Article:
sleep deprivation: it’s real

Remember when I posted about how Henry was a sleep champion? Yea….that’s over. Our little man has decided that he is no longer sleepy and much more interested in the world around him. Of course, this was inevitable but it is still a little sad to say good bye to those beautiful long 4 and 5 hour sleep stretches. Now, I am thrilled if we get 2 hours of consecutive sleep! The decline of sleep coincided with my return to work. Isn’t that how it always goes?  I am left wondering why this is and how exactly this can be “corrected” (if it can).

Really, I just wish I had enough energy to observe our situation more. With Henry, we have discovered that if we observe him and really watch his cues, we are usually able to “crack” the code. Unfortunately, I am just SO tired. It wasn’t so bad after the first week of sleep deprivation but now heading into our third week of inconsistent sleep, I feel it in my bones. My mind is in a perpetual cloud. Things hurt that I never knew could hurt so badly, like my lumbar, my neck, and eyelids. Yes, my eyelids actually hurt, probably because those eyelid muscles are working so hard to keep my eyes open, right? In the middle of the night when Henry cries, my initial thought is, “Whose baby is crying?” Then once the sleep fogs lifts a bit I realize where I am.  But, it is always so funny to me that I forget in my delirious sleep state.

It is amazing how many “second winds” you get in a single day. Just when I think I cannot stop myself from falling head over heels to the ground for a snooze wherever it is I am standing in that moment, then a surge of wild energy hits. Clearly, it is this wild energy that has sustained parents throughout generations of sleepless babies. But you have to be careful about this energy. It fades as quickly as it arrives and while it fades you may find that your mind, thoughts, and speech, which seem sharp one minute, turn to mush the next. Sitting with my advisees, I ask, “Who attended the leadershit conference this year?” Laughing their heads off, they ask, “What!??” and I reply, “What?” Yup, I had no idea that my mouth had forsaken me and in trying to retrieve the correct vocabulary misfired swapping a “t” for a “p”.  There I was thinking I was asking a clear question and starting up a nice dialogue when in fact my body was shutting down and there was nothing I could do to stop it!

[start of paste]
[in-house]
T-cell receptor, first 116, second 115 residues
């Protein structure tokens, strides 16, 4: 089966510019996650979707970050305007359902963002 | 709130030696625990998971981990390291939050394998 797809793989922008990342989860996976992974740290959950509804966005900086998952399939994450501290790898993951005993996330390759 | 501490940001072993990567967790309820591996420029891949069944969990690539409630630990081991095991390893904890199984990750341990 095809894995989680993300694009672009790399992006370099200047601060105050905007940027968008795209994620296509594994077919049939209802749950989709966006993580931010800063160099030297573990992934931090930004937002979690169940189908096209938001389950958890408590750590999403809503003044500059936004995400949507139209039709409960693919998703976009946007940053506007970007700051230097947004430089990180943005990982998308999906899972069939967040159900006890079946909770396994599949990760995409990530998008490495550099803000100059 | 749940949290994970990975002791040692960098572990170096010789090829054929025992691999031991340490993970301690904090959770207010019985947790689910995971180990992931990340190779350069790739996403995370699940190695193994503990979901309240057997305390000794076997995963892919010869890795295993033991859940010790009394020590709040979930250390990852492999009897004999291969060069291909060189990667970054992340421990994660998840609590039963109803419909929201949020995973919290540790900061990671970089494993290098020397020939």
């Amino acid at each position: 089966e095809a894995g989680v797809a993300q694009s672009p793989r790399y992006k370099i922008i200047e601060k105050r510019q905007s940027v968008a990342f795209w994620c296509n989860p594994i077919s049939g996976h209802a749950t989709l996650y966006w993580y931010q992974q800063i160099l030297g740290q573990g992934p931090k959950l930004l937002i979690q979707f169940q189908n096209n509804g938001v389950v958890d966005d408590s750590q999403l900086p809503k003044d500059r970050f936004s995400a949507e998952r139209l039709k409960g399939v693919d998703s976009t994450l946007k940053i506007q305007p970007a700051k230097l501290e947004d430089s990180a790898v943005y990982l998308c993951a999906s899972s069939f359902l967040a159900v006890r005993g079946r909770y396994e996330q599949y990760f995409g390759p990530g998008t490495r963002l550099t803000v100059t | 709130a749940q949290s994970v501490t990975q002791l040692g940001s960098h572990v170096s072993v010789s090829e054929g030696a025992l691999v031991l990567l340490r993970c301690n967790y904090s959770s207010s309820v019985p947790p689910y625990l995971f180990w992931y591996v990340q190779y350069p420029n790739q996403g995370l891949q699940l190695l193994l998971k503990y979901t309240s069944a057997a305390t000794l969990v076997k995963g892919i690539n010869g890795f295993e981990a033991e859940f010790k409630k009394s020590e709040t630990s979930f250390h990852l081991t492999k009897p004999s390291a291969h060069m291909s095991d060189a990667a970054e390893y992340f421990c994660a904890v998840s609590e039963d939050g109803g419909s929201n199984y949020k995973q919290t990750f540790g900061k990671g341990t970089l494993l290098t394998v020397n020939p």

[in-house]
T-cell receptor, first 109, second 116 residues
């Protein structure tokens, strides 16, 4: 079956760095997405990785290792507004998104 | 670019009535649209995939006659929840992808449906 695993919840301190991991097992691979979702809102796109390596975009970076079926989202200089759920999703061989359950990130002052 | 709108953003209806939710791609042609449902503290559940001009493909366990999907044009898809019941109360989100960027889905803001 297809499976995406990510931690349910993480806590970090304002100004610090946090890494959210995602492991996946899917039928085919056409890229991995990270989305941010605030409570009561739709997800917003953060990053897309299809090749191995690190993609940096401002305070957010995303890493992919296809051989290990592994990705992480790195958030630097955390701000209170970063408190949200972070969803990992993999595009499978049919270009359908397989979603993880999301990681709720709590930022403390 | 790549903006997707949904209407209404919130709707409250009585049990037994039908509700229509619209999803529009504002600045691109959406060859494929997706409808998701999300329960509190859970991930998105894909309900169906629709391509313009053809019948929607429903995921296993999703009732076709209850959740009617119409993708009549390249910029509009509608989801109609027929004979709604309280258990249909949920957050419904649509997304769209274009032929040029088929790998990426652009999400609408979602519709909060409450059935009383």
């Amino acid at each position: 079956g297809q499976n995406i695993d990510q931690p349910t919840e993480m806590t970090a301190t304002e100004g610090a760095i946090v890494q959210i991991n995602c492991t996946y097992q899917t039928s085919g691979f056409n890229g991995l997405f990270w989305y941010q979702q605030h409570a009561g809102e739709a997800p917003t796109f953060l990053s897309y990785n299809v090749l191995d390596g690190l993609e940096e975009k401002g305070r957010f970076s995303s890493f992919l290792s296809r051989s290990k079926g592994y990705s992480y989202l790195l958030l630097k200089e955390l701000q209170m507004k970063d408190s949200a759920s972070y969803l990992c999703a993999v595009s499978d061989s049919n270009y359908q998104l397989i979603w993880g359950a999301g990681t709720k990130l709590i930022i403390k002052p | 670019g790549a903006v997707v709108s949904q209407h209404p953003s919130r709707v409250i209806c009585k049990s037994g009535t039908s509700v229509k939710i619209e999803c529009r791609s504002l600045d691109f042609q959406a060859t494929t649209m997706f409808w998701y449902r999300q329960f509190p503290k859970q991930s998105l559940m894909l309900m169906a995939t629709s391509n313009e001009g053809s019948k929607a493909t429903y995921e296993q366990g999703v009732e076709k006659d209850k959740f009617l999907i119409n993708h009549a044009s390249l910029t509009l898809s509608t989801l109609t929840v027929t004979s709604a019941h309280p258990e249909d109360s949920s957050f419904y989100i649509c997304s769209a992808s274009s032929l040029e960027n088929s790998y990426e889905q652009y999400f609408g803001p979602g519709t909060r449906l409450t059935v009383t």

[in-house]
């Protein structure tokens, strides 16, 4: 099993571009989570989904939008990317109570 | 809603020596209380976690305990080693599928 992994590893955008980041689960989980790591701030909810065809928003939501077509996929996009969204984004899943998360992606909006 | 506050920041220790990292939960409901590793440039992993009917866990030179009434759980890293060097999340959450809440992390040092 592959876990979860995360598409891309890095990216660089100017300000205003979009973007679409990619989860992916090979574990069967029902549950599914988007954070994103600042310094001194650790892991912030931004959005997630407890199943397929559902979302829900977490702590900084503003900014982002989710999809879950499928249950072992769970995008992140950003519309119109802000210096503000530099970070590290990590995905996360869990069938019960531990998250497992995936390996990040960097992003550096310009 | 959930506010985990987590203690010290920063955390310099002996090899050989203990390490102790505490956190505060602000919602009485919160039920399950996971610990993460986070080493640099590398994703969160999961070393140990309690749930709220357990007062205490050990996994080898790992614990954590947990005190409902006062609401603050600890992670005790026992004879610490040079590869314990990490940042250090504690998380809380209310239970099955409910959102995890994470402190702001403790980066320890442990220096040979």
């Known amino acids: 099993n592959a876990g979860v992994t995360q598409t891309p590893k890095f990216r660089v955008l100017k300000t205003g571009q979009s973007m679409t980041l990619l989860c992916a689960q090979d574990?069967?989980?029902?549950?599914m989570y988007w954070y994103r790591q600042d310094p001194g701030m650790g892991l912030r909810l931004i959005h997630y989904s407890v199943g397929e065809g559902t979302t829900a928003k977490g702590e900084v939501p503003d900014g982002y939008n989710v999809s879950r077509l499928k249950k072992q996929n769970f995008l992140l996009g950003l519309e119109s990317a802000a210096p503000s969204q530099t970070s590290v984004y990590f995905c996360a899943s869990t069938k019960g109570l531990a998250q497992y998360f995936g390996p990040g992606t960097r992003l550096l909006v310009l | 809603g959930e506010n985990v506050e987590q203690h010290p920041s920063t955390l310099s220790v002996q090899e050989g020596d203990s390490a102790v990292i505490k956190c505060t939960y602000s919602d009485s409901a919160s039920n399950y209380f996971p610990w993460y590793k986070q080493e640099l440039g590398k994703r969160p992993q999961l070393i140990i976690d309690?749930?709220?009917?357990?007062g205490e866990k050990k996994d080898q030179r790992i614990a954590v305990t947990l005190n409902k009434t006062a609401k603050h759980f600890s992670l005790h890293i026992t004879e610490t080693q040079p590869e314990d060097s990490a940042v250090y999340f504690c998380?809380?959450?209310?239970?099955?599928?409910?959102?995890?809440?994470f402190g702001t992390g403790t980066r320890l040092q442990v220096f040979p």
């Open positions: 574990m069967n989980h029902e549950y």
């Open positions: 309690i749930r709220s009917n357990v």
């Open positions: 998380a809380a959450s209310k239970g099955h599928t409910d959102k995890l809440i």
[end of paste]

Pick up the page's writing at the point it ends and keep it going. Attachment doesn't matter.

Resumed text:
Even David is walking around in a zombie-like trance. One minute he is awake on the couch cuddling Henry and the next he too is resting his eyes. So what do we do? Seriously, what do we do? Yes, this phase will pass and as my friend noted: David and I will get accustomed to living and operating “light and lean.” But, I wonder if the issue stems from Henry’s swaddle a.k.a. his sleep crutch. He might be in limbo right now.  He seems to still want to be swaddled in order to fall asleep but he also is fighting against the swaddle.  His startle reflex is still very apparent though and leaving his arms out free wakes him. I think we need to wean Henry from his swaddle and get him to a place where he can fall asleep without his baby straight jacket. And…..we need to practice this whole, “lay baby down while sleepy and not asleep” so that he learns how to put himself to sleep and isn’t also dependent on swinging and swaying. So fellow parents, can you have mercy on the weary and share your sleep tips or advice?